Trump is driving a wedge between 2 key US allies
- The North-America Free Trade Agreement (NAFTA) hangs in the balance following acrimonious negotiations, including leaks of unflattering comments from US President Donald Trump about his Canadian counterparts.
- "Many Canadians feel as though Mexico has turned its back on them," said Duncan Wood, director of the Mexico Institute.
- This wedge between two key allies could come back to hurt the United States.
The North-America Free Trade Agreement (NAFTA) hangs in the balance following acrimonious negotiations.
President Trump seems bent on wrecking the trade agreement despite Mexico and Canada's best efforts to salvage it. His dismissive remarks toward his Canadian counterparts were leaked to the Toronto Star, making it even harder for Prime Minister Justin Trudeau and his chief trade negotiator, foreign minister Chrystia Freeland, to find common ground with the United States.
But perhaps one of the worst impacts from Trump's bull-in-the-China-shop approach to trade negotiations is what he's managed to do to relations between Mexico and Canada. By trying to negotiate individually, Trump employed a divide-and-conquer strategy that may prove counterproductive given the level of integration of North American supply chains, particularly in the manufacture of big-ticket goods like cars and airplanes.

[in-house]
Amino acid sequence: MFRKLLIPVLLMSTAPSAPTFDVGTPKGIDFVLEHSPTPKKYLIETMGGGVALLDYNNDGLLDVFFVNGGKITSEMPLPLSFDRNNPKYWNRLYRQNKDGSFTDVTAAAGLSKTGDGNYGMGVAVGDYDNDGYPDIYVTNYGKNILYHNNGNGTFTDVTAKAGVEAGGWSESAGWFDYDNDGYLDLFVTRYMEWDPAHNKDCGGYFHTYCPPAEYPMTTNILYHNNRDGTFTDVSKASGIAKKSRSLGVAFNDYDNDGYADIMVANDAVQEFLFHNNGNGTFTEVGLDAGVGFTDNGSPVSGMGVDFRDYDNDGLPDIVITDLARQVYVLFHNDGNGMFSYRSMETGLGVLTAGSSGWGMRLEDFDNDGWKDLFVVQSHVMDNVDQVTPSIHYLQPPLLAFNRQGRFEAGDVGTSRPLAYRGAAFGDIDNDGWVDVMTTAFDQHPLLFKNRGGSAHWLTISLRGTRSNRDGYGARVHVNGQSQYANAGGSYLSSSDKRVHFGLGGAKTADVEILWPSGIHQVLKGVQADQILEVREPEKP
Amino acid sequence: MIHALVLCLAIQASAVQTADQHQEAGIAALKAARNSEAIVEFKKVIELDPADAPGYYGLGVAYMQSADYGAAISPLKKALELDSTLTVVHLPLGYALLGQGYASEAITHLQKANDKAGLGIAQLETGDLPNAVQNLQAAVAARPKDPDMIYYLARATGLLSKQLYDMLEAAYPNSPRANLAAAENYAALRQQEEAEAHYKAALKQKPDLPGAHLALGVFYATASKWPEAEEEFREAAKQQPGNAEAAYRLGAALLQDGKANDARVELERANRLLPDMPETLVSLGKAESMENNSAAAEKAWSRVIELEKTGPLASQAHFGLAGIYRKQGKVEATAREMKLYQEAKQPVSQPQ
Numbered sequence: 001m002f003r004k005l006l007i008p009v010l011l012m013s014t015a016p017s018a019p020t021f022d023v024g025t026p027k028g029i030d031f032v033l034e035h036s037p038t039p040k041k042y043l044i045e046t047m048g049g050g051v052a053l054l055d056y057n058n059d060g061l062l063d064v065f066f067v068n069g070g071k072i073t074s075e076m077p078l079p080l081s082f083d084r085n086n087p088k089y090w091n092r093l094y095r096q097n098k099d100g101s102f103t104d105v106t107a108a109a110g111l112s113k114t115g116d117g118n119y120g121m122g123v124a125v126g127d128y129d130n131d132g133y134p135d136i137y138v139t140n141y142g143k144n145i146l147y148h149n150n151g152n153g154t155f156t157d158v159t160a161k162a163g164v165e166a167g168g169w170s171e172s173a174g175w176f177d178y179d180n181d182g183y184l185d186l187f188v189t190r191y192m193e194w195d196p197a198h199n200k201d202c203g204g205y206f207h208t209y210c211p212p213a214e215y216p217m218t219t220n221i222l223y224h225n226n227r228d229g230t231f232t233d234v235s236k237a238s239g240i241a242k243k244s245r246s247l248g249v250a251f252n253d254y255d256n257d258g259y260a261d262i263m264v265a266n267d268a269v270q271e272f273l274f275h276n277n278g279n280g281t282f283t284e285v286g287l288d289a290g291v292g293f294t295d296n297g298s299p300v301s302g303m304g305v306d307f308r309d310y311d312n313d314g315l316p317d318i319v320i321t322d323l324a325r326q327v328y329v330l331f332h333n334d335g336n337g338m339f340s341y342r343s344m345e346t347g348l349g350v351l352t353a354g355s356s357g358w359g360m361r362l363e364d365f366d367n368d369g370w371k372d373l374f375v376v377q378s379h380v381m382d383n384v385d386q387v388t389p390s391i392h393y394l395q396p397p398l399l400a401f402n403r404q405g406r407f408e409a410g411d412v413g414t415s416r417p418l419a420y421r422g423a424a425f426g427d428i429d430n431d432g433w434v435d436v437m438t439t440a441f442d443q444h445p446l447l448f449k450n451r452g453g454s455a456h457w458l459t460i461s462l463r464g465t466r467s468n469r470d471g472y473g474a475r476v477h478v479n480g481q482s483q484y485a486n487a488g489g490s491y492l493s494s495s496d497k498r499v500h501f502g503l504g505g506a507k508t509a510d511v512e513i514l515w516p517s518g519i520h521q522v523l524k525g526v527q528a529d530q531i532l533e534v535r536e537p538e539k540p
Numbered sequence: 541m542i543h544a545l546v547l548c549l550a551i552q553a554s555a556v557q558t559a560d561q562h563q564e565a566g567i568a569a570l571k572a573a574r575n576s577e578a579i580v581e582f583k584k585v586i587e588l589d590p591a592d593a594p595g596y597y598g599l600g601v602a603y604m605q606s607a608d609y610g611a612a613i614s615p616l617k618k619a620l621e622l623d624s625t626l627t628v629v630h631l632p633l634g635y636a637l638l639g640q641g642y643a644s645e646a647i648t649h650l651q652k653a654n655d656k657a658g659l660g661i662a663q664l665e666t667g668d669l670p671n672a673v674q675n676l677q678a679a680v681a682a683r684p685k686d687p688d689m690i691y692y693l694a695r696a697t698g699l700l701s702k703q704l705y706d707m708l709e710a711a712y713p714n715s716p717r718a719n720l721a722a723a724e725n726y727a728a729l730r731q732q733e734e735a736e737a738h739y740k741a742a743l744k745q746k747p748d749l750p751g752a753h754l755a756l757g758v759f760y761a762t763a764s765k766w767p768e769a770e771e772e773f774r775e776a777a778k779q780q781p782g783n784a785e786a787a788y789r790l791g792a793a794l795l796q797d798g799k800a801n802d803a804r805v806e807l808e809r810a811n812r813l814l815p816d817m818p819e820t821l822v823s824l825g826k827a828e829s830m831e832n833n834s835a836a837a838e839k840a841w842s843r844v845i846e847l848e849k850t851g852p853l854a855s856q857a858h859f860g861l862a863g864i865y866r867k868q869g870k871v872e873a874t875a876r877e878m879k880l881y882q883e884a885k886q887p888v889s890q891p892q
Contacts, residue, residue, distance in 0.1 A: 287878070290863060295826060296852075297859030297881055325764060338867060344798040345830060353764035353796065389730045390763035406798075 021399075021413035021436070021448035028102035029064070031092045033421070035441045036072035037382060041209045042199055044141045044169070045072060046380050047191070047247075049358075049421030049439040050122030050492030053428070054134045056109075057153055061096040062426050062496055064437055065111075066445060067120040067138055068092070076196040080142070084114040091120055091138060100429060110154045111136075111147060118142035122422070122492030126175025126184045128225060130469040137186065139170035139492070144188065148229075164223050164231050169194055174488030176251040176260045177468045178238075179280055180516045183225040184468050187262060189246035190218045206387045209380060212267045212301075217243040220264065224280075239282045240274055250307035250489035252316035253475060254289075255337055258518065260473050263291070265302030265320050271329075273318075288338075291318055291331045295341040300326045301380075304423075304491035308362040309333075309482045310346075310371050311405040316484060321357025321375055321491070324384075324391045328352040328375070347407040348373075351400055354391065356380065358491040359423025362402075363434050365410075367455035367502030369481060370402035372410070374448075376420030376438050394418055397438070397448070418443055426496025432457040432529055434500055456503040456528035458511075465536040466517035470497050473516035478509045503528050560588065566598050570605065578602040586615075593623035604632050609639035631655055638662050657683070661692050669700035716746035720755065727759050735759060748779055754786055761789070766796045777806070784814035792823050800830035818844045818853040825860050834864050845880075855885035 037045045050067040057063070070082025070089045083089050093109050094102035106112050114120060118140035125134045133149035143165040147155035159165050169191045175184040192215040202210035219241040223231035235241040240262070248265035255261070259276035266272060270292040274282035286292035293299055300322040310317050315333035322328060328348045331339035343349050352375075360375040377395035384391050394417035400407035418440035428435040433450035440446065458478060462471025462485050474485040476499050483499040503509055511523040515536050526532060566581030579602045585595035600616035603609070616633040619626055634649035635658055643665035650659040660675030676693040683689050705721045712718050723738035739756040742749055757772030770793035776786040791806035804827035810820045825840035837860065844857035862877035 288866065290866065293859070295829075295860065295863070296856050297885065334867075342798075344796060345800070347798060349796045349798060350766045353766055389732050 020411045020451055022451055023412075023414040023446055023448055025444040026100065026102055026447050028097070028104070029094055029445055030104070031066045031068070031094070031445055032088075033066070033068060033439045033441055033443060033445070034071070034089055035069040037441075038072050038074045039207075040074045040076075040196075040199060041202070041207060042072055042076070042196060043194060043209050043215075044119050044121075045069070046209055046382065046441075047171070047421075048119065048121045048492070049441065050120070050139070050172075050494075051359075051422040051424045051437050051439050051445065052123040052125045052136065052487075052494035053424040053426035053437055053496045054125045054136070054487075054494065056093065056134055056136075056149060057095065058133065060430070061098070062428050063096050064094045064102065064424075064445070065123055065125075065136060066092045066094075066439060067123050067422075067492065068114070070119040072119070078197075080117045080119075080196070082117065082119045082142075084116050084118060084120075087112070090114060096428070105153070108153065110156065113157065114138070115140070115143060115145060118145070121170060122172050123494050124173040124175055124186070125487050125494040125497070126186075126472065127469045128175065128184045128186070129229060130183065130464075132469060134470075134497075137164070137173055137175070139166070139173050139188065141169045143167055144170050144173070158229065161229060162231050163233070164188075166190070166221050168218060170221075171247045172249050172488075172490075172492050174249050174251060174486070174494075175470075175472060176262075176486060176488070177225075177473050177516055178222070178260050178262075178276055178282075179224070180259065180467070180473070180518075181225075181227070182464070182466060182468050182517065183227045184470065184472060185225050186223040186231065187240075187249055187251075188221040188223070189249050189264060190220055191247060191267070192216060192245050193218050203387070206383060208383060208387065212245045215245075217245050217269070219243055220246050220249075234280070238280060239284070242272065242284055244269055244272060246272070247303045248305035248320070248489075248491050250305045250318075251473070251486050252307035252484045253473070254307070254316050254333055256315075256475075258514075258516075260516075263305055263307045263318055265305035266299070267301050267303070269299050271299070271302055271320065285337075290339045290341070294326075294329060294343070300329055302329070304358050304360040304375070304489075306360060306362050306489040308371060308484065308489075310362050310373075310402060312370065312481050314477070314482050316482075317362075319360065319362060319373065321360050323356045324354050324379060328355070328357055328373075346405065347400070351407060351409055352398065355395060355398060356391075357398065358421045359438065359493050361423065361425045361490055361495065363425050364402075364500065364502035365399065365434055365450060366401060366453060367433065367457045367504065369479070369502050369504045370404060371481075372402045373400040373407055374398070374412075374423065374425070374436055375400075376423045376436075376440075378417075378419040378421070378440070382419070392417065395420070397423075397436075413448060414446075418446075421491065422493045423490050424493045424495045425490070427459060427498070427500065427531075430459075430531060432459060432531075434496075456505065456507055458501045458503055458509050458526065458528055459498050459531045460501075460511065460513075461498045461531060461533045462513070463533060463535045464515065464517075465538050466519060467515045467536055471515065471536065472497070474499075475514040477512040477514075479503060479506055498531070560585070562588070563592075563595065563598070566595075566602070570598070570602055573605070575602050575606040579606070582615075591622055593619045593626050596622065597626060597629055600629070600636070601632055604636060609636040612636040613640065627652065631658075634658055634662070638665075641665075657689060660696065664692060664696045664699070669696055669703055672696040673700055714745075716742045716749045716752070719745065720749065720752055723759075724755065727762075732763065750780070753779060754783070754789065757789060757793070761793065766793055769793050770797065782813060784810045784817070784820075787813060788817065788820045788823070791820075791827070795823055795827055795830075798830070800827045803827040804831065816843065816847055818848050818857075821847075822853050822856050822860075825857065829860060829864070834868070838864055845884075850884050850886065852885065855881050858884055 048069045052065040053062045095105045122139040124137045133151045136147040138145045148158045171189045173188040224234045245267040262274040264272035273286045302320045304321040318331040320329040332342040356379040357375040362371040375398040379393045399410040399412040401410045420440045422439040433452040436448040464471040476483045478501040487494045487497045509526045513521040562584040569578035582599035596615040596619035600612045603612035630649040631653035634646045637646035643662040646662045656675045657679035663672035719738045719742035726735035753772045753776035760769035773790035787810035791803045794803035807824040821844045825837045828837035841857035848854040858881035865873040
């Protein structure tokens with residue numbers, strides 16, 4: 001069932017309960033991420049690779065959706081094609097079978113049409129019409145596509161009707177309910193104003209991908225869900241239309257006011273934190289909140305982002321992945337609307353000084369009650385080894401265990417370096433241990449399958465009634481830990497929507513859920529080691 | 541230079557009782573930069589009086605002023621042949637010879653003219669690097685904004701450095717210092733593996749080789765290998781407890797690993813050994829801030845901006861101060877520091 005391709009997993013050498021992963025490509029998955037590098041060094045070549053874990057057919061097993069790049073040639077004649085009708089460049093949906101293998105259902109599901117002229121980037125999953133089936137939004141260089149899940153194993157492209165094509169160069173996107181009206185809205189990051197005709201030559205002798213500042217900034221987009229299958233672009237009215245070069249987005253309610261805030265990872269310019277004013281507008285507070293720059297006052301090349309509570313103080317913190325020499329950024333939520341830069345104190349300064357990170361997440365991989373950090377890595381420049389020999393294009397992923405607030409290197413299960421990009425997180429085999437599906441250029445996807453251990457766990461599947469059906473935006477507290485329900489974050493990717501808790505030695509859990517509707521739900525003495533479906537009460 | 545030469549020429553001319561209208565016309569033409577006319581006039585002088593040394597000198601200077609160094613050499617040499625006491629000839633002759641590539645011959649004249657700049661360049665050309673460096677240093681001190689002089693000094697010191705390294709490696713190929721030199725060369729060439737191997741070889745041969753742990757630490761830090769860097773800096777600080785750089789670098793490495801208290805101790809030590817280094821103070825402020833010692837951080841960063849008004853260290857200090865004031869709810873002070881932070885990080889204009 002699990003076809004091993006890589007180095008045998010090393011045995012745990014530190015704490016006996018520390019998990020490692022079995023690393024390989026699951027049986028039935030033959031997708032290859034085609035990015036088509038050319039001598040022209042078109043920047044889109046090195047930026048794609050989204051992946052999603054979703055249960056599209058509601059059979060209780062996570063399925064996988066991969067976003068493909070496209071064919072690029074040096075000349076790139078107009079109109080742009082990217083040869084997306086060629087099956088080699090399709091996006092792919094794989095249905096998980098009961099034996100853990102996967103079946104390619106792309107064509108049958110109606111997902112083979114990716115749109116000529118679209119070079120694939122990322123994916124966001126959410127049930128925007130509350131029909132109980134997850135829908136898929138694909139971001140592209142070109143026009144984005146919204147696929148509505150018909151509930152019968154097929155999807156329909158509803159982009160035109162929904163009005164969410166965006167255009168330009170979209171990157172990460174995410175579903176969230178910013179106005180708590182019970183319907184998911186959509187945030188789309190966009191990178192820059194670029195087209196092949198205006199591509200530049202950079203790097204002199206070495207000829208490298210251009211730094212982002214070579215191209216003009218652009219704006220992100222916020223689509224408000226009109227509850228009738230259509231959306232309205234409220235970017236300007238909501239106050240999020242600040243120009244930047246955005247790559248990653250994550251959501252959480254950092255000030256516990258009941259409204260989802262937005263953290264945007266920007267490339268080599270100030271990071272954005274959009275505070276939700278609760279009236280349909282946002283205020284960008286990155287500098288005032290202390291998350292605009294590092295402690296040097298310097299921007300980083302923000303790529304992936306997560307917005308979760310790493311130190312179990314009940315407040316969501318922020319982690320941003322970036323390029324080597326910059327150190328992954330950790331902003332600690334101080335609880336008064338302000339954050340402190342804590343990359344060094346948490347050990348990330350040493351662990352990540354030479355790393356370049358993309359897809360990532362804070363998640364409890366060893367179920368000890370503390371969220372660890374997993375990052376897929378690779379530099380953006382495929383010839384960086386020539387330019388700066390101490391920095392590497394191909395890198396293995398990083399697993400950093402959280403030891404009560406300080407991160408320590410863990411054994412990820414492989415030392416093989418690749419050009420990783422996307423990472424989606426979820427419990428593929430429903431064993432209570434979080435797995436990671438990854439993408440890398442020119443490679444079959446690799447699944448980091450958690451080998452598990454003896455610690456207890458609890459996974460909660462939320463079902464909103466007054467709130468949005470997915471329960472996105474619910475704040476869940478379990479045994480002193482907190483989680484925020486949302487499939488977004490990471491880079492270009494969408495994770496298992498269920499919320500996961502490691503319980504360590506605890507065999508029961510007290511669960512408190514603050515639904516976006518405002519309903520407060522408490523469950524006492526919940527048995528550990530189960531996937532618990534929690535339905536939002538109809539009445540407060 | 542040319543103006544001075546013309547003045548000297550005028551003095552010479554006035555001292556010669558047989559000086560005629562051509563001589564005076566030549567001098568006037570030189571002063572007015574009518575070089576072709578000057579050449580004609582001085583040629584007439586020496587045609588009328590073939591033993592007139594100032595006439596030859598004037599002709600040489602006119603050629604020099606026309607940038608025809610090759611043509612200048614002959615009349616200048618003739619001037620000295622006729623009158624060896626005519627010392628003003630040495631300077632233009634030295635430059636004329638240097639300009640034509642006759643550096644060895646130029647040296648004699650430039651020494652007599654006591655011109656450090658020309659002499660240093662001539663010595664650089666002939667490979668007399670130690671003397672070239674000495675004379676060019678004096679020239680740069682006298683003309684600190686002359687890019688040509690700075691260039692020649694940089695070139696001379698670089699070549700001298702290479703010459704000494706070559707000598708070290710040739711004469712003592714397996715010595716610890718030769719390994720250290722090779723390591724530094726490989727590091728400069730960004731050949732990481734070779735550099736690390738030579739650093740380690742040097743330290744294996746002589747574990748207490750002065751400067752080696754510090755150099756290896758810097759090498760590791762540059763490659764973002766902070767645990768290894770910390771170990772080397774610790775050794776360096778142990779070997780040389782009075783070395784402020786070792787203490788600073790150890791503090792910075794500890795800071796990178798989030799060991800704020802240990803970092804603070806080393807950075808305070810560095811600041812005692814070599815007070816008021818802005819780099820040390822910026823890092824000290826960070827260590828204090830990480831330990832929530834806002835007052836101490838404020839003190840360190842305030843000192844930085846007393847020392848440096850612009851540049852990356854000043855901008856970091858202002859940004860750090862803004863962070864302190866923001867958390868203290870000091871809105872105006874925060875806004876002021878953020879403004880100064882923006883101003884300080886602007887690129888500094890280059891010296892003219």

"We know that was not well received in Canada. Many Canadians feel as though Mexico has turned its back on them," said Duncan Wood, director of the Mexico Institute, in a telephone briefing with reporters.
"Mexico has gone from the bad guy to the friend and Canada is now the" apparent foe, he said.
Jorge Castaneda, Mexico's ex-foreign minister, told Bloomberg that, while it is "desirable" for Canada and Mexico to cooperate, the two have different issues and industries at stake. "I'm not sure it's that easy, because many of the most worrisome issues for one country are not that important for the other," he said.
The auto sector, with its highly-integrated supply chains, is one key link that connects all three nations. But there are big differences in agricultural demands, and in the specifics of labor and environmental concerns addressed in the agreement.
How could this come back to haunt American businesses?
Already, there's evidence that uncertainty over trade is dampening US business investment plans. The collapse of a long-standing agreement such as NAFTA, while it can still be averted, would be quite a shock to the economies involved - and to financial markets already rattled by rising risks from emerging markets.